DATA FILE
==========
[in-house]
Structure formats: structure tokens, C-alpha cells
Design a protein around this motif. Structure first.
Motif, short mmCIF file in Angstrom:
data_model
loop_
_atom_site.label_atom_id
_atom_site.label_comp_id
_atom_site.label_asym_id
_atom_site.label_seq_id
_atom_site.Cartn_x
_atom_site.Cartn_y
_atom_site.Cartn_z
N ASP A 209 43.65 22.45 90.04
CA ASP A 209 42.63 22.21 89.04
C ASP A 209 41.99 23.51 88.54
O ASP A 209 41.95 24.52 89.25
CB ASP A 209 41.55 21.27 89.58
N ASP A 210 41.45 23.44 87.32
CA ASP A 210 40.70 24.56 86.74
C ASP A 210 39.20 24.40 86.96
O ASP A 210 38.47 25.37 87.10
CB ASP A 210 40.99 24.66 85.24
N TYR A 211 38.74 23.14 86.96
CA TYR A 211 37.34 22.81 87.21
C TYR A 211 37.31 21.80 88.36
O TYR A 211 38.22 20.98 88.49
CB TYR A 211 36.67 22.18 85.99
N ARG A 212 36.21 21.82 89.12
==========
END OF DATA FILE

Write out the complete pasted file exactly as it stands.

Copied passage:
[in-house]
Structure formats: structure tokens, C-alpha cells
Design a protein around this motif. Structure first.
Motif, short mmCIF file in Angstrom:
data_model
loop_
_atom_site.label_atom_id
_atom_site.label_comp_id
_atom_site.label_asym_id
_atom_site.label_seq_id
_atom_site.Cartn_x
_atom_site.Cartn_y
_atom_site.Cartn_z
N ASP A 209 43.65 22.45 90.04
CA ASP A 209 42.63 22.21 89.04
C ASP A 209 41.99 23.51 88.54
O ASP A 209 41.95 24.52 89.25
CB ASP A 209 41.55 21.27 89.58
N ASP A 210 41.45 23.44 87.32
CA ASP A 210 40.70 24.56 86.74
C ASP A 210 39.20 24.40 86.96
O ASP A 210 38.47 25.37 87.10
CB ASP A 210 40.99 24.66 85.24
N TYR A 211 38.74 23.14 86.96
CA TYR A 211 37.34 22.81 87.21
C TYR A 211 37.31 21.80 88.36
O TYR A 211 38.22 20.98 88.49
CB TYR A 211 36.67 22.18 85.99
N ARG A 212 36.21 21.82 89.12